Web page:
From the March 2020 issue of HealthCare Business News magazine
One MCDA technique for criteria weighting is Shannon’s Entropy, which measures dispersion in a criterion across alternatives, and then uses that data to determine its value. The greater dispersion, the greater value that criterion could have to the decision. Calculating entropy can also eliminate criteria that would have no effect on the outcome, reducing the analytical burden. Alternatively, you can use an MCDA technique called Analytical Hierarchy Process (AHP) to let stakeholders vote on which criteria are most valuable. One benefit to AHP is that it converts stakeholder preference to numerical scores in a way that reduces bias and improves collaboration.
Ranking and scoring alternatives
Basic MCDA methods that can be used in ranking include Simple Additive Weights (SAW) or Simple Multi Attribute Rating Technique (SMART). Both involve normalizing an alternative’s criteria on a linear scale between 0 and 1, multiplying its value by its criteria weight, then summing the weighed values for each criterion to determine a score. These scores are ranked from high to low, where higher value represents alternatives that aligned better with your prioritization model.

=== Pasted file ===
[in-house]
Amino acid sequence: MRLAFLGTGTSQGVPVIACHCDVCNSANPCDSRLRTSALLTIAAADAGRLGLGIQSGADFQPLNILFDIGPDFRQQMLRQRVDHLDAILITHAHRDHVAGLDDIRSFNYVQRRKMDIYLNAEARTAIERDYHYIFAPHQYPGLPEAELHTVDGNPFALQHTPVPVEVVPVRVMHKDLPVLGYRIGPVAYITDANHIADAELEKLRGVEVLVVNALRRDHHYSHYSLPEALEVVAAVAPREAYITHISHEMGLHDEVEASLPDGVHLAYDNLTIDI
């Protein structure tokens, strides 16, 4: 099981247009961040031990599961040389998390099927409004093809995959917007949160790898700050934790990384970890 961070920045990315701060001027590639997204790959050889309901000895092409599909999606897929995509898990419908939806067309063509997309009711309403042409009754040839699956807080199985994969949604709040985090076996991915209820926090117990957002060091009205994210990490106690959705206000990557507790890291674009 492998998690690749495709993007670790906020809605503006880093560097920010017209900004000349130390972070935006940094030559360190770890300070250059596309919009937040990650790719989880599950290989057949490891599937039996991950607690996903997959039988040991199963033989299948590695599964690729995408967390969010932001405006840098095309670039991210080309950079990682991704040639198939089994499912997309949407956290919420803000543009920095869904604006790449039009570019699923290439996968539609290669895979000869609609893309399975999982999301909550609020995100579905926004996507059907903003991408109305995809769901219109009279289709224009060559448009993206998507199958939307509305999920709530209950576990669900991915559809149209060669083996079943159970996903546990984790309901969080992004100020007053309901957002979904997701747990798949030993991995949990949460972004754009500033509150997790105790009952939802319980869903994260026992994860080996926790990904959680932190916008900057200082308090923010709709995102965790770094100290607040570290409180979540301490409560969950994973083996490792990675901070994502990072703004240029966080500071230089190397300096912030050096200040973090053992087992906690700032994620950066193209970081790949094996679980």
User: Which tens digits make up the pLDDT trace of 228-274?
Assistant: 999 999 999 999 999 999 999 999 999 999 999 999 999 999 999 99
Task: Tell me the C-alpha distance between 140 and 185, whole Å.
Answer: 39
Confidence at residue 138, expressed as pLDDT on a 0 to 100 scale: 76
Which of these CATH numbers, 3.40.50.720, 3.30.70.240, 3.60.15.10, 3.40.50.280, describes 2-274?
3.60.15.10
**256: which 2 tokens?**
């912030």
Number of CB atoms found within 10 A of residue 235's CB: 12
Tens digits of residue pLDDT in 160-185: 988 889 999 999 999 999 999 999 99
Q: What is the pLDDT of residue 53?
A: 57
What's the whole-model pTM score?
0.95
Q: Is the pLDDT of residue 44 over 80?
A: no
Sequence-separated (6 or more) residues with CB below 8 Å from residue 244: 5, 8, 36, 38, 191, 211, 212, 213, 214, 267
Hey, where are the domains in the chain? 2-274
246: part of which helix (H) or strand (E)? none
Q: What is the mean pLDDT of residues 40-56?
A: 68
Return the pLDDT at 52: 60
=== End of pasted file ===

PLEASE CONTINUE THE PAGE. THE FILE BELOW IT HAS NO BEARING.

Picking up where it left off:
Various MCDA methods can be used in any step of your prioritization model. More complex methodologies could be implemented by a subject matter expert in MCDA, through the procurement of MCDA software, or by outsourcing to a third-party vendor. Implementing a simple model initially can streamline your procurement process with minimal effort while opening the door to more robust analysis in future planning years.
The key to implementing MCDA is ensuring stakeholders are involved and the organization’s objectives are met. Hospitals may have a need to improve their process, but change can be a hurdle, and in the end the decision typically resides with senior leadership.
MCDA can also seem like a complex and analytical process. Healthcare Technology Management can facilitate its adoption by providing technical expertise in the decision models and data collection methods. By demonstrating how MCDA can break the decision down into easily addressable steps, leadership should be receptive and will encourage the conversation to occur.
The bottom line
The MCDA framework has been increasingly used in healthcare to address a wide number of complex decisions. Capital equipment procurement is a candidate for MCDA, but limited awareness has stunted its utilization. Organizations should consider MCDA if they need to improve the capital procurement process. MCDA offers well-structured models that are robust and transparent and can accommodate your organizations strategic goals. With MCDA, an informed, unbiased and fair decision is within reach.
About the author: Joseph Gucciardi is a staff clinical engineer at White River Junction VAMC in Vermont.Back to HCB News